Sentinel Slash Virtual Season Interview with Deborah
|Interviews by Fans|
|Title:||Sentinel Slash Virtual Season Interview with Deborah|
|Interviewer:||Sentinel Slash Virtual Season|
|External Links:||author interview; fact finder interview|
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Part of a Series
Well, it comes naturally to me. I find myself catching mistakes as I read a story that has been posted to the net and I wish someone had betaed the story before it made it that far because mistakes often throw me right out of a story. If I can help others avoid that, it makes me happy. And as some of the other betas have mentioned what really bothers them (it's vs. its, there vs. their, etc.), I thought I would mention my favorite mistake in a posted story -- and I am paraphrasing here because it has been awhile since I read it -- "Jim put his hands around Blair's waste." Now that may hit a kink for some people, but not me!
I love well-written angst, and I'm in the camp with those who believe that Jim angst will eventually lead to Blair angst, and visa versa. If forced to chose, it would be Jim angst simply because there is less of that in TS fiction and it affects me a little more to see the big strong stoic guy taken down, for instance, by a repressed memory or a sensory problem and having to turn to Blair for help.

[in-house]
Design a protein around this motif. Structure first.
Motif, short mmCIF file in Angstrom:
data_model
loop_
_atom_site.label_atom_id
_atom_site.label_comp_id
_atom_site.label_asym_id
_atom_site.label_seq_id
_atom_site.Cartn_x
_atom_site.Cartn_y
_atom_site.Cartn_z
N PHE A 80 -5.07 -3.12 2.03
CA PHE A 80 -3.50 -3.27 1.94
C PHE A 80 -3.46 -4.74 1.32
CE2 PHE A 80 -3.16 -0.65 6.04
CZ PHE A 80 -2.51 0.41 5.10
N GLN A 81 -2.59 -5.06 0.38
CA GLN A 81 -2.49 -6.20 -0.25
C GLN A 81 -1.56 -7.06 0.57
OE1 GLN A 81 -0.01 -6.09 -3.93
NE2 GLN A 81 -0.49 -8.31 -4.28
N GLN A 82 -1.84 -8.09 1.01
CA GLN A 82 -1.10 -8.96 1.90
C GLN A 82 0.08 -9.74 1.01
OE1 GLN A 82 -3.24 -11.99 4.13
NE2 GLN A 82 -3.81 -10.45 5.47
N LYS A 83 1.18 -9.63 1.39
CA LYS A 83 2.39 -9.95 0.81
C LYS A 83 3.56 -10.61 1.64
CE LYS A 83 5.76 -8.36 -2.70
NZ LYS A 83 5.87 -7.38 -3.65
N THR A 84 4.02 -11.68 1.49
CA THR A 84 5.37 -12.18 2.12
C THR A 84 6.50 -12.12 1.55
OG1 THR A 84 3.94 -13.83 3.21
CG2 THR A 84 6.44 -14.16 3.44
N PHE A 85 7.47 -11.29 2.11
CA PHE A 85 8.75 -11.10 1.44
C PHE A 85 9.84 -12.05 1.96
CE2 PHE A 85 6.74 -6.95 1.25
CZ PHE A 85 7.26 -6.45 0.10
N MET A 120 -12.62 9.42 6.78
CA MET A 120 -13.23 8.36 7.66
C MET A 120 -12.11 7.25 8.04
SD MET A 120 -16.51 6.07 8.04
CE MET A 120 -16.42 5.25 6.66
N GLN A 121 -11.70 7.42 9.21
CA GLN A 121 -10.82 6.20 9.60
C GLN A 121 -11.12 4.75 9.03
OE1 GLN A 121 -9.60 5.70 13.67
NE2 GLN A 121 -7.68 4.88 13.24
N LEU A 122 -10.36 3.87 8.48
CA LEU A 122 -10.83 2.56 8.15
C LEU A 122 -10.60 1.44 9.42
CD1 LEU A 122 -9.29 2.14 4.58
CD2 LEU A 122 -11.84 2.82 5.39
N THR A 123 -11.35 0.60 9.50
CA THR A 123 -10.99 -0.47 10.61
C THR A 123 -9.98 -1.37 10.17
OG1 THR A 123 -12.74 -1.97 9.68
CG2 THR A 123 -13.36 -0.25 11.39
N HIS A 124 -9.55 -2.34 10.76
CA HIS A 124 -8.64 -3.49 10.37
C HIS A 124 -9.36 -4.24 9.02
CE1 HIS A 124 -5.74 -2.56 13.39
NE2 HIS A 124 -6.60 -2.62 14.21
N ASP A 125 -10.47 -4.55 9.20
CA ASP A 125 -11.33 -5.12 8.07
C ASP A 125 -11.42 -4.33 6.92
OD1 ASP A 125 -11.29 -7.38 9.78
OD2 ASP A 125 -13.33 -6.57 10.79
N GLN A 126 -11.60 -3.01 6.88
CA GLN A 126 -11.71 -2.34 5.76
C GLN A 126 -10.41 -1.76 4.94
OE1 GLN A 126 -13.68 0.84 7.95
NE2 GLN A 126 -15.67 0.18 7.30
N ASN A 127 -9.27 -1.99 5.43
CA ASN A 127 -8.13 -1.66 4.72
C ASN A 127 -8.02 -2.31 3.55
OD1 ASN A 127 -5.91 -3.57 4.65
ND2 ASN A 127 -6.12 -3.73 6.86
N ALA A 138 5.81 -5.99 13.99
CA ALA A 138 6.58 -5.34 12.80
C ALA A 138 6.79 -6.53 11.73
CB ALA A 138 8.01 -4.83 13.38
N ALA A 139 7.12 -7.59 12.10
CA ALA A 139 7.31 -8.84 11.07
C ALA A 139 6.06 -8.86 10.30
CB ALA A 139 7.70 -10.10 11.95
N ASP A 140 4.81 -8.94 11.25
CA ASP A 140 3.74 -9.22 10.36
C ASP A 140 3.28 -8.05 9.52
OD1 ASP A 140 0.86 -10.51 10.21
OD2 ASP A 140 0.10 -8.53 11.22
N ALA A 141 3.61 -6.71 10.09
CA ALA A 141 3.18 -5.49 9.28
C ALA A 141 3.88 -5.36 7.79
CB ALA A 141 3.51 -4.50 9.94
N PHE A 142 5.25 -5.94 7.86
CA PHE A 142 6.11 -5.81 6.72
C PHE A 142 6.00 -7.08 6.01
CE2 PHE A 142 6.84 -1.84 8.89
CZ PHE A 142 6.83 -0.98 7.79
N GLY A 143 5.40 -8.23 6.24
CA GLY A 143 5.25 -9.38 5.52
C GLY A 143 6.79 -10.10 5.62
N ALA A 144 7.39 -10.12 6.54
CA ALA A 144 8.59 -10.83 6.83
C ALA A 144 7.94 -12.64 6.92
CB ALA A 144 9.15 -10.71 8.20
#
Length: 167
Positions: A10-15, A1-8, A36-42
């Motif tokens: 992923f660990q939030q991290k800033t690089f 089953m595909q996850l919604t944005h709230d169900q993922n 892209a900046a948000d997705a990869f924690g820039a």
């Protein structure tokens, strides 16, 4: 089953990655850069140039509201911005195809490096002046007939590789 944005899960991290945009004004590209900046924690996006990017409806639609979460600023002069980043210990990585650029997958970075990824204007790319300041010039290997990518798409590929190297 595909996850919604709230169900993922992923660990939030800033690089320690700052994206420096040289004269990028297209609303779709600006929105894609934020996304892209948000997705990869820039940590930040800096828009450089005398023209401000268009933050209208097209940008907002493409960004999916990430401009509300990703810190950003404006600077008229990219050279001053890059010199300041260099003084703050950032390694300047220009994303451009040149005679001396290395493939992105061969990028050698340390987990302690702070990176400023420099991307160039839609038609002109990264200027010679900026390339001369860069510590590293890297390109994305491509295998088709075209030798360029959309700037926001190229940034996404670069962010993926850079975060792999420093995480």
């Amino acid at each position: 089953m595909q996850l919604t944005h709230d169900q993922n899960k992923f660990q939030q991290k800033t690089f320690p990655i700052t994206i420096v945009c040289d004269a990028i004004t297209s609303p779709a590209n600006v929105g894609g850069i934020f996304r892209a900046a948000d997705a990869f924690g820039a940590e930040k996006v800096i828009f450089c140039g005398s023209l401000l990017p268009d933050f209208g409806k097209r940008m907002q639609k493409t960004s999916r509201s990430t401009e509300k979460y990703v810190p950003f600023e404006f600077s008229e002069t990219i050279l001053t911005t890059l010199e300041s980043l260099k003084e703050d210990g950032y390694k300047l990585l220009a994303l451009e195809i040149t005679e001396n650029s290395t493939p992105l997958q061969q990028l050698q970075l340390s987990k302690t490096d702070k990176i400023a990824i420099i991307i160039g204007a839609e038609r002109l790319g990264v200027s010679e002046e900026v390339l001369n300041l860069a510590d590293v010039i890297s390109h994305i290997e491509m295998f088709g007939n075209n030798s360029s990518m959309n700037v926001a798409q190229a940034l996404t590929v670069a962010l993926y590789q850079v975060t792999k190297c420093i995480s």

I only beta in TS (and for a friend who is an aspiring scriptwriter). I love The X-Files and a dear friend is trying very hard to get me hooked on Stargate SG-1, but those fandoms are just for fun.
I guess the hardest part is when you really think a scene or some dialogue is wrong, doesn't fit the characters, doesn't belong in the story, etc., and you suggest to the author that it be changed and explain why and they don't agree and leave it the way it is.
I often have to find out stuff for my job and I've been pretty good at tracking stuff down. The Internet is an amazing resource, as long as you remember that any information you find there is only as good as whoever put it up there so always consider the source!
As I said, if it is a story where facts are important, then if I come across a "fact" that is not one, it throws me out of the story. Let me state, however, if a fact is wrong and I don't know it (I don't make a habit of checking facts in a story I am reading for pleasure), then it is no problem.